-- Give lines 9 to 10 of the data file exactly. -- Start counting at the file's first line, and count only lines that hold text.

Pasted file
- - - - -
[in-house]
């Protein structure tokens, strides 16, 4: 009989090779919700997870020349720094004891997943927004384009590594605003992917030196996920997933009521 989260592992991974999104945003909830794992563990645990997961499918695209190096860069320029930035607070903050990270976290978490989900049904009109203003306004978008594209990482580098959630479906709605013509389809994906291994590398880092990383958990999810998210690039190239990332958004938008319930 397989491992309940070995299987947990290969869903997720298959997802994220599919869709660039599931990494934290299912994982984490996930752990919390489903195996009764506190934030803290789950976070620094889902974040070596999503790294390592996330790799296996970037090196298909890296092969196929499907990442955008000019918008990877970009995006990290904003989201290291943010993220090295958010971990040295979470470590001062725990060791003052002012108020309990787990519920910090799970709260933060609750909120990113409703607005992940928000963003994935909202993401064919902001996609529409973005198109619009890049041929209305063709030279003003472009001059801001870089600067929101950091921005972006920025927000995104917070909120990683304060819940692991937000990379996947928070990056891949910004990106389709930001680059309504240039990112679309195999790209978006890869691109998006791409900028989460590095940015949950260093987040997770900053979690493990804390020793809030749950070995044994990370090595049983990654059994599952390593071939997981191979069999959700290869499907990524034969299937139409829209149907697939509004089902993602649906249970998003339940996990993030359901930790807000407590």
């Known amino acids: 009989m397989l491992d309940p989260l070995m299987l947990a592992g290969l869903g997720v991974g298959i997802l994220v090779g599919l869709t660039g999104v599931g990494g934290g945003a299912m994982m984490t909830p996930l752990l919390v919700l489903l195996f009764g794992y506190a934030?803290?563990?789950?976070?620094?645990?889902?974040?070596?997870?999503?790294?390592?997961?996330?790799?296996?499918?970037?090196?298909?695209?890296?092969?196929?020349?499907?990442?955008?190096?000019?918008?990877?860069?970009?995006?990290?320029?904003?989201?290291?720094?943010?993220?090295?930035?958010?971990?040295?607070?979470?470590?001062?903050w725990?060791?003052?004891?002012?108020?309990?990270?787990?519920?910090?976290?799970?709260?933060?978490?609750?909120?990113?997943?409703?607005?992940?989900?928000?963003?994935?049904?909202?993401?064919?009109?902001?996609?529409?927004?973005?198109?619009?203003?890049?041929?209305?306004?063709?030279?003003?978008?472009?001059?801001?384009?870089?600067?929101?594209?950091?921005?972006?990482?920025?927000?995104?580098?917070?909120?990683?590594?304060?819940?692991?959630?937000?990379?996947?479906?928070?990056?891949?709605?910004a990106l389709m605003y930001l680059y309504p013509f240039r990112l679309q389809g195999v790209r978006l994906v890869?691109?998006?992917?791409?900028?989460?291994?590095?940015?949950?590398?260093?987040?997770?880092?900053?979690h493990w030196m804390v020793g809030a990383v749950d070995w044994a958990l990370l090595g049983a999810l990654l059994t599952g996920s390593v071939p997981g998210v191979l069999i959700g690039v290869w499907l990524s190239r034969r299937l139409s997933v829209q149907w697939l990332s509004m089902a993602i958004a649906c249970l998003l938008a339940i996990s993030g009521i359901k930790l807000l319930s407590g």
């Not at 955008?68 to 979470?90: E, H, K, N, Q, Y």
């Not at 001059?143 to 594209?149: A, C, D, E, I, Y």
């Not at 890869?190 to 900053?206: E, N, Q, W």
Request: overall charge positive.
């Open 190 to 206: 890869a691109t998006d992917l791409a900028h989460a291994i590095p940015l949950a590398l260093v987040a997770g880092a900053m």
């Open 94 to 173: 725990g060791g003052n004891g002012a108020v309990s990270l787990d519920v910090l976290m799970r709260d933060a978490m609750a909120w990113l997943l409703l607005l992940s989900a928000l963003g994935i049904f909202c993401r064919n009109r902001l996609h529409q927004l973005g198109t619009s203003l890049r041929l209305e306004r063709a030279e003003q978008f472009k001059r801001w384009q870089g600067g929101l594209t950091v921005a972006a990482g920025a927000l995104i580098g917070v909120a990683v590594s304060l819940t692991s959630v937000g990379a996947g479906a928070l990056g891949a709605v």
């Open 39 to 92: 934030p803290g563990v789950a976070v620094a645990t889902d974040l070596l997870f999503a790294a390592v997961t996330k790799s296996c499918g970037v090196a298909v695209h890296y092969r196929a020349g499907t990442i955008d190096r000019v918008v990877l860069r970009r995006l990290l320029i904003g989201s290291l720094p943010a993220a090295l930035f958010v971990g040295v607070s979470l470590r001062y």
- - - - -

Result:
């Open 94 to 173: 725990g060791g003052n004891g002012a108020v309990s990270l787990d519920v910090l976290m799970r709260d933060a978490m609750a909120w990113l997943l409703l607005l992940s989900a928000l963003g994935i049904f909202c993401r064919n009109r902001l996609h529409q927004l973005g198109t619009s203003l890049r041929l209305e306004r063709a030279e003003q978008f472009k001059r801001w384009q870089g600067g929101l594209t950091v921005a972006a990482g920025a927000l995104i580098g917070v909120a990683v590594s304060l819940t692991s959630v937000g990379a996947g479906a928070l990056g891949a709605v």
């Open 39 to 92: 934030p803290g563990v789950a976070v620094a645990t889902d974040l070596l997870f999503a790294a390592v997961t996330k790799s296996c499918g970037v090196a298909v695209h890296y092969r196929a020349g499907t990442i955008d190096r000019v918008v990877l860069r970009r995006l990290l320029i904003g989201s290291l720094p943010a993220a090295l930035f958010v971990g040295v607070s979470l470590r001062y």